Storage considerations

Often overlooked, storage can make the difference between happy staff and grumbling workers. Office relocation is an opportune time to reassess and calculate your storage needs.

  • What's your storage situation like at the moment?

    • How much and what do you need for the new office?
  • Storage for individuals - at desks or lockers

  • Document storage

  • Storerooms

    • For office supplies and equipment
  • Secure storage and safes

  • Off-site storage

    • Can you reduce the amount of space you need by moving long-term storage off-site?
  • Calculate future needs for all areas above

  • Don't forget the basics - coat racks or closets

Environmentally friendly and sustainable offices

For a step-by-step guide to producing a sustainable office interior, see our Sustainable Office Design Checklist.

  • Consider a BREEAM® rating or some other environmental rating system

  • Put energy efficiency at the forefront of the design

  • Design in recycling points

  • Maximise use of natural light

  • Specify furniture with a high proportion of recycled content

  • Choose fixtures, fittings and carpet with a high content of recycled materials, which can be recycled at their end of life

  • Use paints with low amounts of toxins

  • Only use timber that has been certified by the The Forest Stewardship Council (FSC)

Communicating with your stakeholders

Confusion at the time of relocation can cause anxiety amongst staff. It will pay dividends to keep everyone involved and create buy-in for the move.

  • Give people a way to voice their honest opinions and objections (such as an online forum)

  • Provide access to an Extranet to share files and plans (for the project team)

  • Hold formal presentations of design ideas for staff

  • Go on site visits with key stakeholders

  • Give staff tours of the office before it's finished

  • Create a 'move' newsletter for staff

  • Give staff an info pack on the new local area

Building surveys

A close look at your building can save you thousands down the road. For example, the heating and ventilation system may look good, but it may need a major upgrade. A good design and fit out company could survey your new space and at the same time estimate costs and timescales.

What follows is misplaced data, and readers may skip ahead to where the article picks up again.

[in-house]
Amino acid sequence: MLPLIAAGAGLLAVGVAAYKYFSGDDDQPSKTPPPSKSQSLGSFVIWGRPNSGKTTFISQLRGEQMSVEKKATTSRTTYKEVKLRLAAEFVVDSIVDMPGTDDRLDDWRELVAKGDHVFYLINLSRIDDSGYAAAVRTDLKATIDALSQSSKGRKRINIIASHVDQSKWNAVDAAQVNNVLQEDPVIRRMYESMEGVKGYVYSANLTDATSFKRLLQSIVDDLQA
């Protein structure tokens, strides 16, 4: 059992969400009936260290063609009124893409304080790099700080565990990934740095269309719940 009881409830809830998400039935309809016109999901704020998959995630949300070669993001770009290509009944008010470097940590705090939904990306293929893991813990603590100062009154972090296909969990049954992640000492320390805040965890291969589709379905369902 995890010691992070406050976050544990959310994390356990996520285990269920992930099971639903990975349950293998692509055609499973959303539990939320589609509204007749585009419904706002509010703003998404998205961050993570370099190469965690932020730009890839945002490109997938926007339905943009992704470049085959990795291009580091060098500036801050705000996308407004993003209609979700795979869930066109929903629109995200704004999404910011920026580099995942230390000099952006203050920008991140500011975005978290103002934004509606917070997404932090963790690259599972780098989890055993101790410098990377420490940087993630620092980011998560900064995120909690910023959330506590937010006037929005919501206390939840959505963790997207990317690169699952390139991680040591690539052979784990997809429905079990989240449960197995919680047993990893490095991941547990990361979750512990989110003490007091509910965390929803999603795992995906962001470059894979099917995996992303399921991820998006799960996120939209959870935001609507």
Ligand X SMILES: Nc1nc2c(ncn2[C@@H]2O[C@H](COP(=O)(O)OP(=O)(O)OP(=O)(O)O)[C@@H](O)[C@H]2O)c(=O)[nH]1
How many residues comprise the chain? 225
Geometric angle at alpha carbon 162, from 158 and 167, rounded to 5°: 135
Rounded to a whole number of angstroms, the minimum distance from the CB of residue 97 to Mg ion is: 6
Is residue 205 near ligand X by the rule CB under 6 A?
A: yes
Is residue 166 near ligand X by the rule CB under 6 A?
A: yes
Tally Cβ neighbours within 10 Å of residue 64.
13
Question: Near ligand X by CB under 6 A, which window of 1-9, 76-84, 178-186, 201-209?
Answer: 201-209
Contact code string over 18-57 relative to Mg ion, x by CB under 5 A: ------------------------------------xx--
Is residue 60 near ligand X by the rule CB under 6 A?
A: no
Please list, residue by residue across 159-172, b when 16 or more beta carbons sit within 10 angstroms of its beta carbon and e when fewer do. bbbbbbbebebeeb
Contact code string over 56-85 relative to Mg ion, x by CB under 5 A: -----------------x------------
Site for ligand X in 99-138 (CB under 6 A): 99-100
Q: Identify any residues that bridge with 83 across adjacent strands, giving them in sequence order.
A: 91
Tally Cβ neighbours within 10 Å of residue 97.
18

It it also critical to get some indicative designs drawn up at this point. It's the only way you can accurately estimate fit out costs.

Things to check:

  • Condition

    • If it's an old building, is it actually possible to bring it up-to-date?
  • Flexibility

    • Will it adapt easily, as your business evolves?
  • Disabled facilities

    • Do you know what your responsibilities are?
  • Air conditioning

    • You may want to commission a special survey - if you share services with other companies, you should make sure you're getting your fair share of cool air
  • Lifts

    • Can the lifts take goods and equipment? If not, you'll need to put extra money in your budget for the movers to carry things up stairs
  • What's new, second-hand, serviced or missing?

  • Has the building been rated as energy efficient?

    Since 2008, all buildings need to have an energy efficiency rating

  • Security

    • Is the space secure? Check all windows, doors and hatches, and get the landlord to fix any problems
  • Fire plan

    • It's your responsibility to have an escape plan in place. At this point, you may want to check that you don't have to alter your new space to comply with fire regulations
  • Check for asbestos, along with other hazards and risks through a:

    • Specialist audit
    • Type III survey
    • Risk assessment
  • IT and electrical

    • Looking at the space, now is a good time to get an idea of the work that will be needed to install floor boxes and data points, and to run cabling